Don sets about learning the protocols of becoming a father, but his unusual research style gets him into trouble with the law. Fortunately his best friend Gene is on hand to offer advice: he’s left Claudia and moved in with Don and Rosie.

As Don tries to schedule time for pregnancy research, getting Gene and Claudia back together, servicing the industrial refrigeration unit that occupies half his apartment, helping Dave the Baseball Fan save his business and staying on the right side of Lydia the social worker, he almost misses the biggest problem of all: he might lose Rosie when she needs him most.

I don’t think I’ve ever been so disappointed in a book. I completely fell in love with The Rosie Project when I read it, so yeah, I had some high expectations. This book did not meet those expectations. It wasn’t the same at all. In the first book all of Don’s quirks were entertaining, relatable, and endearing. In this book, his quirks were over the top and exaggerated. He was almost a parody of himself. And the author turned Rosie into a total bitch. The storyline was not doing it for me, and I found Don and Rosie’s relationship completely unrealistic (talk, guys! Just talk to each other, you idiots!), which was a disappointment because in the first book I loved their love.

I also don’t think the author paints women in the best light in this book, and that made me angry. So, I had a difficult time getting through it. I didn’t read very much for weeks because every time I would go to read I remembered that I was reading this book and I didn’t care for it, so I browsed Reddit instead. I didn’t care what happened, and I’ve never been so happy to get a book over with. I do not recommend (I gave this 2 stars on Goodreads, only because I still love Don). But I do still recommend the first book, The Rosie Project.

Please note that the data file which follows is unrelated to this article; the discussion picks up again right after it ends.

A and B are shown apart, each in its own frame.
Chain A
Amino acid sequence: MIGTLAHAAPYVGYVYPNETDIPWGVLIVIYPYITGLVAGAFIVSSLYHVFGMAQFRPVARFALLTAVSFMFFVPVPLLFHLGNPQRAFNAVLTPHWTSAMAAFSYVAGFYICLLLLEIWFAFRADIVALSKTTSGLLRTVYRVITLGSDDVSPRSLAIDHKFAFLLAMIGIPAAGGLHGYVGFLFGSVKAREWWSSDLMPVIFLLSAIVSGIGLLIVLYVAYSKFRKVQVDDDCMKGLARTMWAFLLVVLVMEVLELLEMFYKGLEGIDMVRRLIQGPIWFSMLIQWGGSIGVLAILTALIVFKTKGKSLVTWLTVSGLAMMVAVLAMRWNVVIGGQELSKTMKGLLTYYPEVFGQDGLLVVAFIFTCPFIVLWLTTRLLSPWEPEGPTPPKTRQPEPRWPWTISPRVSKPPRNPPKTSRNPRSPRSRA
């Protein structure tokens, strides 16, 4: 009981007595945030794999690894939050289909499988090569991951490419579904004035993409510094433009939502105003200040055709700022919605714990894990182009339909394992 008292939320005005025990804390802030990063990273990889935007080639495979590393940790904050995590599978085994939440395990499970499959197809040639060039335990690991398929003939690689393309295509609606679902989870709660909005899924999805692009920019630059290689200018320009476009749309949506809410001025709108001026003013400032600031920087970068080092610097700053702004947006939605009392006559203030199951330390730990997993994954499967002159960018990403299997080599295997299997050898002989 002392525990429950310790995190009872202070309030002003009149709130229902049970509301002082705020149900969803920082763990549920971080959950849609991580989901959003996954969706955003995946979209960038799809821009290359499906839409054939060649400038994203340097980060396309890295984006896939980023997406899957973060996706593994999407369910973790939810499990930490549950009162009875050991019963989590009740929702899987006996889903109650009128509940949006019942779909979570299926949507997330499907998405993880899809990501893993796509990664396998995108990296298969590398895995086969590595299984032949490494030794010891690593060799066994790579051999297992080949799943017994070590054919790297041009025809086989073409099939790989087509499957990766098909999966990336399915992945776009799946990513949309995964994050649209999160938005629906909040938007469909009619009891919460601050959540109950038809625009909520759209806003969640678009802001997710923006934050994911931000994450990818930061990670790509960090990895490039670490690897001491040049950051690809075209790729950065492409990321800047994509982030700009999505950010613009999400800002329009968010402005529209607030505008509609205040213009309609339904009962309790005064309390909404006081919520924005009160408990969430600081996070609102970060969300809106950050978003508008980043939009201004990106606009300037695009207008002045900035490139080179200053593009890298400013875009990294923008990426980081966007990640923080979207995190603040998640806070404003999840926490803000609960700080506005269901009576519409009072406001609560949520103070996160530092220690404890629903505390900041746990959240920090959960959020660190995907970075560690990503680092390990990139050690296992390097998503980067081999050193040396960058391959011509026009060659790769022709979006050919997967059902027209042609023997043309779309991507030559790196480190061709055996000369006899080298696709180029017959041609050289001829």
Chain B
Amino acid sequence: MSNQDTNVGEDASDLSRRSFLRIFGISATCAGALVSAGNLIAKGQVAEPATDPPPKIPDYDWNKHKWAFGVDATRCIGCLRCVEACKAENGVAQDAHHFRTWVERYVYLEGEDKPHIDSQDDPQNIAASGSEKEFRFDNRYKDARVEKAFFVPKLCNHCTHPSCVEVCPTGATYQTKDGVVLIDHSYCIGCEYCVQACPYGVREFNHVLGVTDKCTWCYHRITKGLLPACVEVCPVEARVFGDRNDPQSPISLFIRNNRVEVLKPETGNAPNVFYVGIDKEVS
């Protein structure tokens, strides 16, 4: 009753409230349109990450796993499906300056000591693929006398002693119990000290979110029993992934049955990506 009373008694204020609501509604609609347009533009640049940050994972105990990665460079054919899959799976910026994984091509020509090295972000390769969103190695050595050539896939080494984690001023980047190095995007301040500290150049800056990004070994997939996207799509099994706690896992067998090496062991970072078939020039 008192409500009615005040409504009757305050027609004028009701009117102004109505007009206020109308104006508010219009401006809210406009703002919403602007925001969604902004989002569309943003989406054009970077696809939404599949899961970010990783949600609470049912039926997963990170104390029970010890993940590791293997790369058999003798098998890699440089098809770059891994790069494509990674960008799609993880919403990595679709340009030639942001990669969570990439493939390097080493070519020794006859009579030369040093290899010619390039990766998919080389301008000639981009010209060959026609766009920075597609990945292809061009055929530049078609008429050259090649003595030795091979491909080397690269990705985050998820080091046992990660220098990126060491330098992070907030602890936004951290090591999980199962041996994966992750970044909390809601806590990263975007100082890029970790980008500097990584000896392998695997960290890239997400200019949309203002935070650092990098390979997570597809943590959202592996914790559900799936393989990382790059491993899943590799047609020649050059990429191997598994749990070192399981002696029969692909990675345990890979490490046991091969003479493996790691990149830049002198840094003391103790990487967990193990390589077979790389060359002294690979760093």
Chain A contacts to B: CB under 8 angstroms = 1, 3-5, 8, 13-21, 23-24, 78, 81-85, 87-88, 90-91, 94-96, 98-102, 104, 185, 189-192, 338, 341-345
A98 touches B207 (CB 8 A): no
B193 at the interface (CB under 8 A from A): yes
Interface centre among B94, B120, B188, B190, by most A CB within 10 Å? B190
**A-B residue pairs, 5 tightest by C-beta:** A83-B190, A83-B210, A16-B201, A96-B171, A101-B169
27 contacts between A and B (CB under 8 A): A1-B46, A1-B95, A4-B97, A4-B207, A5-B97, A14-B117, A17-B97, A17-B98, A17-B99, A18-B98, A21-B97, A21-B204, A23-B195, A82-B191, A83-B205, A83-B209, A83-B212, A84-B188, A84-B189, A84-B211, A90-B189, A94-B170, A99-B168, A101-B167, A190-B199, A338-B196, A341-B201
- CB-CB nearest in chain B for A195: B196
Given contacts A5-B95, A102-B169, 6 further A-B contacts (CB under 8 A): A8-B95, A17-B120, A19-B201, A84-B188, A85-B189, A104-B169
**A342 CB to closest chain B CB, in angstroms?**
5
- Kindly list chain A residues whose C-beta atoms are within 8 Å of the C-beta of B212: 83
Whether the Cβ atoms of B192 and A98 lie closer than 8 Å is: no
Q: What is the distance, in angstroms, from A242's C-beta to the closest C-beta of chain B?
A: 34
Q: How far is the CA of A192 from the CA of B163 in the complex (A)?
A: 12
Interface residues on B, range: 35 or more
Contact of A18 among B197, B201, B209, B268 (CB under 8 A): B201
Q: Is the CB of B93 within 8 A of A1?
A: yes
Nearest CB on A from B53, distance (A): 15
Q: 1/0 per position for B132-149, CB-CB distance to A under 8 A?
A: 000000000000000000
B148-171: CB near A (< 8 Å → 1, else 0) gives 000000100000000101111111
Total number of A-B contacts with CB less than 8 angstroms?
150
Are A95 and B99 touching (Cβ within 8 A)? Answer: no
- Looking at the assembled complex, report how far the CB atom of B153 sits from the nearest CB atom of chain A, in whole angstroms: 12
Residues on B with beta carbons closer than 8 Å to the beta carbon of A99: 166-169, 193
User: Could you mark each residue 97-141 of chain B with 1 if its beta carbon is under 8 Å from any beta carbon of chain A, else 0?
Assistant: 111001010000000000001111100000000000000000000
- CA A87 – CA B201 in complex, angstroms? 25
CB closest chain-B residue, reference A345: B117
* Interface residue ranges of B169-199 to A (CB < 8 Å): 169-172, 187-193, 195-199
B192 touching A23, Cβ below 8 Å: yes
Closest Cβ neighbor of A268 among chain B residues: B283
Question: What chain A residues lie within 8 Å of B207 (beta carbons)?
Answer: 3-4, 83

A House In The Sky by Amanda Lindhout and Sara Corbett



As a child, Amanda Lindhout escaped a violent household by paging through issues of National Geographic and imagining herself in its exotic locales. At the age of nineteen, working as a cocktail waitress in Calgary, Alberta, she began saving her tips so she could travel the globe. Aspiring to understand the world and live a significant life, she backpacked through Latin America, Laos, Bangladesh, and India, and emboldened by each adventure, went on to Sudan, Syria, and Pakistan. In war-ridden Afghanistan and Iraq she carved out a fledgling career as a television reporter. And then, in August 2008, she traveled to Somalia—“the most dangerous place on earth.” On her fourth day, she was abducted by a group of masked men along a dusty road.

Held hostage for 460 days, Amanda converts to Islam as a survival tactic, receives “wife lessons” from one of her captors, and risks a daring escape. Moved between a series of abandoned houses in the desert, she survives on memory—every lush detail of the world she experienced in her life before captivity—and on strategy, fortitude, and hope. When she is most desperate, she visits a house in the sky, high above the woman kept in chains, in the dark, being tortured.

Vivid and suspenseful, as artfully written as the finest novel, A House in the Sky is the searingly intimate story of an intrepid young woman and her search for compassion in the face of unimaginable adversity.